Gipson contends that the second paragraph of this instruction was misleading in that it could have led the jury to believe that intoxication was not a significant factor in the determination of whether he was guilty of second degree murder.

We agree with the state that any defect in instruction No. 11 was cured by the court's instruction on the defense of diminished capacity. Jury instruction No. 12 stated:

If you find from the evidence that at the time the alleged crime was committed, the defendant had substantially reduced mental capacity, whether caused by mental illness, mental defect, intoxication, or any other cause, you must consider what effect if any, this diminished capacity had on the defendant's ability to form any of the specific mental states that are essential elements of murder in the first degree, and murder in the second degree. Thus, if you find that the defendant's mental capacity was diminished to the extent that you have a reasonable doubt whether he did, maturely and meaningfully, premeditate, deliberate, and reflect upon the gravity of his contemplated act, or form an intent to kill, you cannot find him guilty of a wilful, deliberate and premeditated murder of the first degree. Also, if you find that the defendant's mental capacity was diminished to the *1042 extent that you have a reasonable doubt whether he was able to form the mental states constituting an intention or a design to kill and aforethought, you cannot find him guilty of murder of either the first or second degree.

When read together we are not convinced that the instructions contained any inaccurate statement of law.

3. Instruction on Intending Natural and Probable Consequences.

Gipson next contends that the superior court committed reversible error when it gave the second paragraph of the following instruction, Instruction No. 25:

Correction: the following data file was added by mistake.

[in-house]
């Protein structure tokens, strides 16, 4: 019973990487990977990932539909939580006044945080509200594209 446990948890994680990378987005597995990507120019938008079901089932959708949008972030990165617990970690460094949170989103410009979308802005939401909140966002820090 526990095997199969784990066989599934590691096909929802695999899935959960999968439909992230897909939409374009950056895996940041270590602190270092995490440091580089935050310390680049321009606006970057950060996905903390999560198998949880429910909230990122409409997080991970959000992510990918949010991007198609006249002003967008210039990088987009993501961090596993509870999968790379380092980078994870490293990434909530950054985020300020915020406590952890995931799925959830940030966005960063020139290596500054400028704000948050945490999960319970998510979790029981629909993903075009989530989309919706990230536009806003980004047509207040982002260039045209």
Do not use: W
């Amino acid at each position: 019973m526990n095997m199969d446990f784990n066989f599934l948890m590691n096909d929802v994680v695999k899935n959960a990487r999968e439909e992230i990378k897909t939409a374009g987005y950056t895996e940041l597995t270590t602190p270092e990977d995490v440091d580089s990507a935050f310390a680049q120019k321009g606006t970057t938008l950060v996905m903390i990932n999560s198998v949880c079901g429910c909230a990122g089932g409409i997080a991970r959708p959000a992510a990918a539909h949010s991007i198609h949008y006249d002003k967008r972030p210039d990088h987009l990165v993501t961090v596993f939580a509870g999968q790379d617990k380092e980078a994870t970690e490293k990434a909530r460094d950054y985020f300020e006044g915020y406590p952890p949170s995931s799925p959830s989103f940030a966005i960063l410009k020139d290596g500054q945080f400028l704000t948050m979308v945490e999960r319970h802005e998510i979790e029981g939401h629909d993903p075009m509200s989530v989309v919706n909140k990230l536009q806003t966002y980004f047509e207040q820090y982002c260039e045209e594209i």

Intent may be proved by circumstantial evidence. It rarely can be established by any other means. While witnesses may see and hear and thus be able to give direct evidence of what a defendant does or fails to do, there can be no eyewitness of the account of the state of mind with which the acts were done or omitted. But what a defendant does or fails to do may indicate intent or lack of intent to commit the offense charged. It is reasonable to infer that a person ordinarily intends the natural and probable consequences of acts knowingly done or knowingly omitted. In determining the issues as to intent, the jury is entitled to consider any statements made and acts done or omitted by the accused, and all facts and circumstances in evidence which may aid determination of state of mind.

Gipson argues that the second paragraph of the foregoing instruction improperly shifted the burden of proof on the issue of specific intent.

In Menard v. State, 578 P.2d 966, 968-70 (Alaska 1978), we condemned the giving of the following instruction, commonly referred to as the Mann charge,[1] due to the likelihood that it might be interpreted to mean that the defendant must prove his lack of intent:

"It is reasonable to infer that a person ordinarily intends the natural and probable consequences of acts knowingly done or knowingly omitted. So unless the contrary appears from the evidence, the jury may draw the inference that the accused intended all the consequences which one standing in like circumstances and possessing like knowledge should reasonably have expected to result from any act knowingly done or knowingly omitted by the accused."